San Francisco Chronicle - (Sunday)
Virus cases slowing across California
While thousands of new coronavirus cases are still reported daily across California, their pace is slowing like a speeding car nearing a freeway exit ramp.
The decline in infections among young and middleaged adults is particularly encouraging because they account for most infections and were the main drivers of earlier surges.
That their case counts are falling now is giving some experts hope that California can avoid a fourth wave of infection — and that the exit ramp aims at the end of the pandemic.
In a dramatic illustration that experts tie to the power of vaccines and other preventive factors, new cases for Californians age 18 to 49 are down 95% so far this month compared with December, their worst month in the pandemic. In that month alone, 611,739 cases were reported in that group, compared with 33,660 in April, so far.
Including all age groups, the number of new coronavirus cases reported across California plunged by 60% from February to March, and by another 43% so far this month, landing at 56,325 new cases, according to a Chronicle analysis of state data. In the Bay Area, the number of new cases fell by 54% from February to March, and by nearly 32% so far this month.
“We’re slowing down. That’s a great thing,” said Dr. Kirsten BibbinsDomingo, professor and chair of the department of epidemiology and biostatistics at UCSF’s School of Medicine. “While it’s not the vaunted herd immunity, it means that the likelihood of having a really dramatic rise in cases” is declining.
Older people are more likely than younger and middleaged adults to be vaccinated because they were among the first to be eligible in California. But overall, more than half of all Californians 16 and older are at least partially vaccinated now, and that’s starting to be apparent in the data.
“Vaccination has indeed played a role in the dynamics of the numbers of cases,” said Dr. ChingHua Wang, an immunol
ogist and president of Samuel Merritt University in Oakland, which specializes in health sciences.
Yet vaccinations aren’t the only forces at work, infectious disease experts agreed. Masks and social distancing continue to help prevent transmission.
Naturally acquired immunity from previous infection may also be playing a role in falling case counts, said Dr. George Rutherford, an infectious disease expert at UCSF. The mystery is how long that immunity lasts.
“The answer is ‘a while,’ ” Rutherford said. Infection causes the body to build an army of neutralizing antibodies to fight the virus, and those powerful attackers may fade within a few months. But the body has other immune mechanisms, including Tcells, that may last much longer. If there is immunity from the body’s Tcells, “it’s probably lifelong. But we just don’t know,” Rutherford said.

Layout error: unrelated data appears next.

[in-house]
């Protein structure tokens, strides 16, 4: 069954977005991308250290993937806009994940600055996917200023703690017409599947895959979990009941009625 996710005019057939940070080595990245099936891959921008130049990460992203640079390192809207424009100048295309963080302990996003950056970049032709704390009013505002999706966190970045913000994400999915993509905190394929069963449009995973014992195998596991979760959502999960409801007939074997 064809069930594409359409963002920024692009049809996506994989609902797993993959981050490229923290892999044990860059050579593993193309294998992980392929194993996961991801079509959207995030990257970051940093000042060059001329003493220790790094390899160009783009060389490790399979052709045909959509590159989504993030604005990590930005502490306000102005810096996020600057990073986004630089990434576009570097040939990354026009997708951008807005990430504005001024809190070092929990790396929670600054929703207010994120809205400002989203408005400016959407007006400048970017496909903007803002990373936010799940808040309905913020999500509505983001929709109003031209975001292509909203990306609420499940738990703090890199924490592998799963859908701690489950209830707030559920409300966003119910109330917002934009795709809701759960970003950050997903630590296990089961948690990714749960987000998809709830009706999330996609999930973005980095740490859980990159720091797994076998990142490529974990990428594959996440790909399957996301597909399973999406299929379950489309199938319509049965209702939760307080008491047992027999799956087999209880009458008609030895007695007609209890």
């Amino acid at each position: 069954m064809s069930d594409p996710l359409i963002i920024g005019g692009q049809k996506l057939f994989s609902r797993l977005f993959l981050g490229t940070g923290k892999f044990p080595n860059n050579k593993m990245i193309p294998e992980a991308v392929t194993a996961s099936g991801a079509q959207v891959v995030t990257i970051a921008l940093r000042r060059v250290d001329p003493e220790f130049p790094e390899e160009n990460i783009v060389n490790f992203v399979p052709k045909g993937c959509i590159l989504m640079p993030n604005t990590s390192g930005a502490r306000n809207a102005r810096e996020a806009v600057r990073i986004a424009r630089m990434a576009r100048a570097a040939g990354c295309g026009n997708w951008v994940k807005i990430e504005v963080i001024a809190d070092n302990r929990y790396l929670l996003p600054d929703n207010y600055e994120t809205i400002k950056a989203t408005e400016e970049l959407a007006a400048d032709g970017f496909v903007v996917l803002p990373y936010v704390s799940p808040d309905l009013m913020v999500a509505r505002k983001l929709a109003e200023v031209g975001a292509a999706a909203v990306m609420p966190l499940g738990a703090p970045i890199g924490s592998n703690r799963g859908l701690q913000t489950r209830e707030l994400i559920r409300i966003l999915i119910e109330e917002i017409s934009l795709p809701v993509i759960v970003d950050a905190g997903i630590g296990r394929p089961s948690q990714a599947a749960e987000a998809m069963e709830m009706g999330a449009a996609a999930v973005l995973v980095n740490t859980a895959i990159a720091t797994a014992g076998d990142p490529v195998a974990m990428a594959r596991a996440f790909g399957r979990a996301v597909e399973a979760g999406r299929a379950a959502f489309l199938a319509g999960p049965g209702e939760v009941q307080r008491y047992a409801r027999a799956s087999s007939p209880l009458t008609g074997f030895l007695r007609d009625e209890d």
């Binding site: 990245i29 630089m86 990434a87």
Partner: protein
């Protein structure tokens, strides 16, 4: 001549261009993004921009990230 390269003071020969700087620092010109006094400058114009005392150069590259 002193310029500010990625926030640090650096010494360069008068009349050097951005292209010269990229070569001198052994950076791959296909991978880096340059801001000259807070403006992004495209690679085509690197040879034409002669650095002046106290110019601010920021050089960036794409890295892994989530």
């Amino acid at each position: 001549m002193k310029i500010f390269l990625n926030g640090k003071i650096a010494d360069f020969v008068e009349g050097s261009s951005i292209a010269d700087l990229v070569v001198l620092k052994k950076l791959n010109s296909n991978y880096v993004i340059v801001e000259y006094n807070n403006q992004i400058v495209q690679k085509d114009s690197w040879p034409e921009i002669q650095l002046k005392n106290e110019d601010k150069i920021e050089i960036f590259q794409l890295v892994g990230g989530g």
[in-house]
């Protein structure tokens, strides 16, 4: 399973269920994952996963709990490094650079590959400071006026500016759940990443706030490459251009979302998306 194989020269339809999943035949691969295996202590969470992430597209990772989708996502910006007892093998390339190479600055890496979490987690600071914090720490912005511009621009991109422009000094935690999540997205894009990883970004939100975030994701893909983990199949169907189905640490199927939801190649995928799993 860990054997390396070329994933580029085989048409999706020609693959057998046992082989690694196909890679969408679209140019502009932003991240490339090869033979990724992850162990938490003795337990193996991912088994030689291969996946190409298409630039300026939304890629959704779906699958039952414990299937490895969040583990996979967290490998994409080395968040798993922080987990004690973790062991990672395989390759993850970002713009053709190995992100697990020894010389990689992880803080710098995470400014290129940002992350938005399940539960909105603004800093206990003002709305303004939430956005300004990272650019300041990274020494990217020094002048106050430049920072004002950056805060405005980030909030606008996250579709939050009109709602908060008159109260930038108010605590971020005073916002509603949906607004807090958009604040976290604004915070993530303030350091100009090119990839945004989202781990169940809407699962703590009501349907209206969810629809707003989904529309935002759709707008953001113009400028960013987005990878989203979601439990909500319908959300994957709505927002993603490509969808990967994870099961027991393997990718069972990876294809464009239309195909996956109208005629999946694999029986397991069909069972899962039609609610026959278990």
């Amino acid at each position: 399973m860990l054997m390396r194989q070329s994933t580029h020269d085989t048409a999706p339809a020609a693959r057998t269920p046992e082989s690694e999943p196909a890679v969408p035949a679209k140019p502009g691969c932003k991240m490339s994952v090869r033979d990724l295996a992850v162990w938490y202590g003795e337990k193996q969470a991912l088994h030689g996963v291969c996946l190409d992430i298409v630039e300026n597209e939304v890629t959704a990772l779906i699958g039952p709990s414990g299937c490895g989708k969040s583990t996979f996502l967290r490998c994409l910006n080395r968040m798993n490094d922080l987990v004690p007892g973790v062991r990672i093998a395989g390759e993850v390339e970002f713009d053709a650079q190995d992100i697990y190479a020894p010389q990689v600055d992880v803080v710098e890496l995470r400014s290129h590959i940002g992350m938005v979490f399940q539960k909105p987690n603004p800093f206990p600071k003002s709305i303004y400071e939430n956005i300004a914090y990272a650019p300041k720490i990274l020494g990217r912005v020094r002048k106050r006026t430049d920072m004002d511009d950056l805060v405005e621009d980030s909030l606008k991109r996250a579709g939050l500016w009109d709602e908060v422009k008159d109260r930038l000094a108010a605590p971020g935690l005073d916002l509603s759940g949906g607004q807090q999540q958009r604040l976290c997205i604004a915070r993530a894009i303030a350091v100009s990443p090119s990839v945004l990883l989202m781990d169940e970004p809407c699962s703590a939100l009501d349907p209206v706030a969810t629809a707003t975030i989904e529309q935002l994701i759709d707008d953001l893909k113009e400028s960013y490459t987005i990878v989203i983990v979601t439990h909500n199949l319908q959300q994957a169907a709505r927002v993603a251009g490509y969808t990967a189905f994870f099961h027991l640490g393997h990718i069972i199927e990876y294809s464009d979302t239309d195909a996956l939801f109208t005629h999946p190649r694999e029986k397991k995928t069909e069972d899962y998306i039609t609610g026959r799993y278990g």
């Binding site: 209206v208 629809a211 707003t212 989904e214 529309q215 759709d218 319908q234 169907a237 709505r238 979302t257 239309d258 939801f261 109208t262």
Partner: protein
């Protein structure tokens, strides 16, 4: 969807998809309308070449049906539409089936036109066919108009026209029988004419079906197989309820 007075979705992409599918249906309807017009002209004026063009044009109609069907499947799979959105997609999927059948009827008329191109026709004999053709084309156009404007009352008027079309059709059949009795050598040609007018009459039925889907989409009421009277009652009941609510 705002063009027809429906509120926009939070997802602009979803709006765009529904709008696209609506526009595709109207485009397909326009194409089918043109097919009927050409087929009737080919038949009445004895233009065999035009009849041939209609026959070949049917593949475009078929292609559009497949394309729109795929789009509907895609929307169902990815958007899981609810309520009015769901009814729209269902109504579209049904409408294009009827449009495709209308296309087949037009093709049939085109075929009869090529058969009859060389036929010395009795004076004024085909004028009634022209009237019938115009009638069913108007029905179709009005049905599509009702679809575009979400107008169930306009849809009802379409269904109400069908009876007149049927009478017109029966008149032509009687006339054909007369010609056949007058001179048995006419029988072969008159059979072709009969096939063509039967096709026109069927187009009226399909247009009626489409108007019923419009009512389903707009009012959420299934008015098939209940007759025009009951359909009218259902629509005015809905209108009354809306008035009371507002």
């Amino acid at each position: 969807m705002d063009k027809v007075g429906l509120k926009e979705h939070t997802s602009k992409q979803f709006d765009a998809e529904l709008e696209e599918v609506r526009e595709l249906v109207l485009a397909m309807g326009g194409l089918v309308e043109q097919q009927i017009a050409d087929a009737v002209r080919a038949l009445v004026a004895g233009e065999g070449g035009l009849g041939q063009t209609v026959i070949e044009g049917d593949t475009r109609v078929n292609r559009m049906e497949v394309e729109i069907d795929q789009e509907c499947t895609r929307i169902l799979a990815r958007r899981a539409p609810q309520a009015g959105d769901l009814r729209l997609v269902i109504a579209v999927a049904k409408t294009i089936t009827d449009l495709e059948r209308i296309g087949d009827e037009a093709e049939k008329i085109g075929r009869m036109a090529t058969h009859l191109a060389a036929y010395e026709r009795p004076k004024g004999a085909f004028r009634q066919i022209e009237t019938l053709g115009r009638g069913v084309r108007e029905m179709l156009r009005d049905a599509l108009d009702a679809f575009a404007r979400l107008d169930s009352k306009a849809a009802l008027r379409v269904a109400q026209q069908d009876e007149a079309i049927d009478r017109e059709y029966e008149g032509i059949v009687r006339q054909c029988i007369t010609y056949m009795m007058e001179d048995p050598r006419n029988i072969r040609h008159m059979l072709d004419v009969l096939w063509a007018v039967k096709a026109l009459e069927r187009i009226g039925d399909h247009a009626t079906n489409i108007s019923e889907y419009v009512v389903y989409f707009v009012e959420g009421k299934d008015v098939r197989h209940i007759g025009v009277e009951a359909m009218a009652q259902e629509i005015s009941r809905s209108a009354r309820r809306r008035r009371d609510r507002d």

About 20% of Californians have developed immunity from having been sick, estimates epidemiologist Dr. George Lemp, former director of the HIV/AIDS Research Program at the University of California’s Office of the President. He adds those people to the more than 50% of state residents who have had at least one vaccine dose, and accounts for overlap, to conclude that nearly 70% of people may have some level of immunity at this point.
He said his estimate is bolstered by his close look at how the virus is doing among people of different ages.
Lemp compared California case rates during the last two weeks of March and the first two weeks of April and found that the number of infections declined only in the 65andolder age group.
The greatest drop was among Californians over 80, with a 13% decrease, he found. People age 65 to 79 saw a 6% decrease in new cases. By contrast, 18 to 34yearolds saw the greatest rise in new infections, 17%.
“I think that really is showing a vaccination effect,” he said. “Which makes sense because the rollout by age in California vaccinated older people first.”
People 65 and over became eligible for vaccination on Jan. 13, while the age dropped to 50 on April 1, and to 16 and over on April 15.
But even among people 18 to 34, the number of new cases was way down this month compared with earlier in the year, Lemp found.
In the last two weeks of January, there were 79,000 new cases among Californians 18 to 34 — but in the first two weeks of April, fewer than 15,000 new infections.
Helping to slow the new infections, Lemp said, has been that many people most at risk of infection have already been sick and have developed the “innate immunity.”
But it’s the vaccine, he said, that “may have blunted” a fourth surge of the virus in California, while cases were swinging up in places like Michigan, New York and New Jersey.
“California got lucky, I think,” Lemp said.